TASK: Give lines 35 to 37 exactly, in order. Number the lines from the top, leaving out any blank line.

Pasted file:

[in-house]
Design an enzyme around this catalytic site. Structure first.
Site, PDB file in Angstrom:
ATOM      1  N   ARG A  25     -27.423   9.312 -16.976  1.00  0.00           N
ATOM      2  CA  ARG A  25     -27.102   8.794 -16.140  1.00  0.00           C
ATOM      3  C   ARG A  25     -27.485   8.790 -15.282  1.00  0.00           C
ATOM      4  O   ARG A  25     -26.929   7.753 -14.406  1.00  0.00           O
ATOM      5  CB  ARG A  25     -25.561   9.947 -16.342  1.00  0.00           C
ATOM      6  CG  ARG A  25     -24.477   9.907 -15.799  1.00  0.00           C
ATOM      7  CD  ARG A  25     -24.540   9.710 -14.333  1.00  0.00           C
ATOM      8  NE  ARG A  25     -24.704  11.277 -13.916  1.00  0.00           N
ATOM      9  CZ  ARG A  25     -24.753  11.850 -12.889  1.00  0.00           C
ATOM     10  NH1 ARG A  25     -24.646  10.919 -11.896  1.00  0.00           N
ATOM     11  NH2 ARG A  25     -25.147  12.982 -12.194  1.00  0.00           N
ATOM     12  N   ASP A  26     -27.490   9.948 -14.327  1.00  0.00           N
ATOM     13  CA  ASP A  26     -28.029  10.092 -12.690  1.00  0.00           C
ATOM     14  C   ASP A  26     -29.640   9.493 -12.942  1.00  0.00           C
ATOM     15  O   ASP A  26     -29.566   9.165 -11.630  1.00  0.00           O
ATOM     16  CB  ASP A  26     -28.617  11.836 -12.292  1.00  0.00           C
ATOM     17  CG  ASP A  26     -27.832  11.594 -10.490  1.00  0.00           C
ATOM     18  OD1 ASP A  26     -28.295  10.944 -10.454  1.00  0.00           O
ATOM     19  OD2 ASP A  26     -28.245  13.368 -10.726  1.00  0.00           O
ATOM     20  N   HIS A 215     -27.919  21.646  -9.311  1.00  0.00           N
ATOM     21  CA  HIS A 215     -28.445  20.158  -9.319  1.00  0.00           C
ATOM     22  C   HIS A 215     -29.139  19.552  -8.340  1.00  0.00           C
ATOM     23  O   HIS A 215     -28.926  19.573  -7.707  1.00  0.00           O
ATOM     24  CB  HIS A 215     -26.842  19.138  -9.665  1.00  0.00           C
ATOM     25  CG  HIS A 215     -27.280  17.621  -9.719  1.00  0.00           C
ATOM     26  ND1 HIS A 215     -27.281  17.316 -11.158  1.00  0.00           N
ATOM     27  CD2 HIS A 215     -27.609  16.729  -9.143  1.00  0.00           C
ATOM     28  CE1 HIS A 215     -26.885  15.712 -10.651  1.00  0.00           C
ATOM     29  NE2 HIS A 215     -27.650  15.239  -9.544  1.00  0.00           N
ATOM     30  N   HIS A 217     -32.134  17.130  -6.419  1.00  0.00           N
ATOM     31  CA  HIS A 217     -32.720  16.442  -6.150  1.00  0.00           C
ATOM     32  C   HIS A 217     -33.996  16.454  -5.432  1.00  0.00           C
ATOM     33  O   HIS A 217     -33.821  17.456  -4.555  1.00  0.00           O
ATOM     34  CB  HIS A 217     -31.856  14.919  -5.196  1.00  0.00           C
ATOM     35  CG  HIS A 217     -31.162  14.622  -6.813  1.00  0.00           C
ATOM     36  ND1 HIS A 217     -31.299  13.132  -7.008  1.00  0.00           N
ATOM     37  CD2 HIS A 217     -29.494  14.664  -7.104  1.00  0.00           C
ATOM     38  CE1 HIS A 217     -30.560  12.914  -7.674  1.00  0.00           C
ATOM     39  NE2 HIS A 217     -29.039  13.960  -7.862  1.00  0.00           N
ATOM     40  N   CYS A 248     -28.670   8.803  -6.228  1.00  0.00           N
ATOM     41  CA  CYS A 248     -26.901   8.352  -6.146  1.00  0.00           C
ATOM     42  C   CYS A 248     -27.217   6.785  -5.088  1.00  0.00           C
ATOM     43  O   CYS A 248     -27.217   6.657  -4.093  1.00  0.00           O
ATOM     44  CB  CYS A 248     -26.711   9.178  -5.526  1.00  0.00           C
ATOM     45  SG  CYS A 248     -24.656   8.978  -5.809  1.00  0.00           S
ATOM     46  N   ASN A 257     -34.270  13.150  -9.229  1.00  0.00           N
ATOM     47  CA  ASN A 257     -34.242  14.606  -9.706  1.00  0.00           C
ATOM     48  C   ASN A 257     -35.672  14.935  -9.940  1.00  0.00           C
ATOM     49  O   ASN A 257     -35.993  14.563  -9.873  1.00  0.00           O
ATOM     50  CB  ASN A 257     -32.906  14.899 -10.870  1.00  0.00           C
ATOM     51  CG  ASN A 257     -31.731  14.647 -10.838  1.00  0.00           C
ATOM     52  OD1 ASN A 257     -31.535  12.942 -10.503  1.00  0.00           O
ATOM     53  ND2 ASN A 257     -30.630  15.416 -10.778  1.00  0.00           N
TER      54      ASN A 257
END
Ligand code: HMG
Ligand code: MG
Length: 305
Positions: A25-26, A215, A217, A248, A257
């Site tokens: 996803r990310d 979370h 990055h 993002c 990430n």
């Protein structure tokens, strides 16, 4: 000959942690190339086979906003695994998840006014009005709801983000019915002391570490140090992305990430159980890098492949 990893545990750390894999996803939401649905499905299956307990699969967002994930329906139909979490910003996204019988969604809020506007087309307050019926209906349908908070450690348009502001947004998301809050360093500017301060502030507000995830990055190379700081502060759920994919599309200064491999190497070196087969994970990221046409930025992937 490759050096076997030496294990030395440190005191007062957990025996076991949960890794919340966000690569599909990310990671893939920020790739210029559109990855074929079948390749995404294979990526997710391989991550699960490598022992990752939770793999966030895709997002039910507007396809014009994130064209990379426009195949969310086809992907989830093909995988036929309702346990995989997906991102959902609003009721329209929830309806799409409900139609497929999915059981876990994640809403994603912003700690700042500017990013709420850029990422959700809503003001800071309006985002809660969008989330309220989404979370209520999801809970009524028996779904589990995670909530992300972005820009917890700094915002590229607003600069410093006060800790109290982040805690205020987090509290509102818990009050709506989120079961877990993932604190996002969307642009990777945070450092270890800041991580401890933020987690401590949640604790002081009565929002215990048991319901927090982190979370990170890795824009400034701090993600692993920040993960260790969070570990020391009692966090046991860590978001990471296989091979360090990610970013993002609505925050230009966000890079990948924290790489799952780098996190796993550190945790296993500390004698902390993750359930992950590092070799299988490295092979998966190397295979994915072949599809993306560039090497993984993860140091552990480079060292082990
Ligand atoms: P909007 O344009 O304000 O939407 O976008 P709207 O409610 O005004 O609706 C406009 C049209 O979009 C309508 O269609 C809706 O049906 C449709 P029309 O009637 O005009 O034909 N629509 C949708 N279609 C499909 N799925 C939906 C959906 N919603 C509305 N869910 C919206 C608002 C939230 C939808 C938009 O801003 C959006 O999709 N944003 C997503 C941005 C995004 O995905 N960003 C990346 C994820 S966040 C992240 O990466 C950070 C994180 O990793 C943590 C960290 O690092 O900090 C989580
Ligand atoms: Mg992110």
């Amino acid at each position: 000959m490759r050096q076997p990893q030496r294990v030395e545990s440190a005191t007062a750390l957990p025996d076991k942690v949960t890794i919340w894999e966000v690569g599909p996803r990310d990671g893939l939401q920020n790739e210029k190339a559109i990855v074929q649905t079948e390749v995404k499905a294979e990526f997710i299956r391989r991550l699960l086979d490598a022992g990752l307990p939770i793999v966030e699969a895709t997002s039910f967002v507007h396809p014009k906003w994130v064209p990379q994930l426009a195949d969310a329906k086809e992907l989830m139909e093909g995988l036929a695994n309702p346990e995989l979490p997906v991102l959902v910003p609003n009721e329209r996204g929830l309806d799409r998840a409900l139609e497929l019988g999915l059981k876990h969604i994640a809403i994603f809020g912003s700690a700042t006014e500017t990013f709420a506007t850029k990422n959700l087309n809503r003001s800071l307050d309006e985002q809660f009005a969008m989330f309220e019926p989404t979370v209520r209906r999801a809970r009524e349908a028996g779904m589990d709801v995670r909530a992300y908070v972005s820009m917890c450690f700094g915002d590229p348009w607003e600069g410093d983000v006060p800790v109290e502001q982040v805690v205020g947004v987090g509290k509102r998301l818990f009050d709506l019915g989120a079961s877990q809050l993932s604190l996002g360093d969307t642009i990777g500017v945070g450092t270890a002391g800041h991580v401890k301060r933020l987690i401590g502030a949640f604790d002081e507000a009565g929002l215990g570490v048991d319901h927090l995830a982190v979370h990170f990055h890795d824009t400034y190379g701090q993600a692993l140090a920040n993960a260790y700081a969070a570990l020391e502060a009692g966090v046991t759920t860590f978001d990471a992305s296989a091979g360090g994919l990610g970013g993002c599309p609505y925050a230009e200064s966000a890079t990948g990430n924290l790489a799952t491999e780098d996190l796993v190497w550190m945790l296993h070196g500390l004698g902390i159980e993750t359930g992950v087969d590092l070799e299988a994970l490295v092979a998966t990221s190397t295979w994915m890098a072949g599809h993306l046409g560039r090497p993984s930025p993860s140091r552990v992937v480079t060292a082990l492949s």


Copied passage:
ATOM     32  C   HIS A 217     -33.996  16.454  -5.432  1.00  0.00           C
ATOM     33  O   HIS A 217     -33.821  17.456  -4.555  1.00  0.00           O
ATOM     34  CB  HIS A 217     -31.856  14.919  -5.196  1.00  0.00           C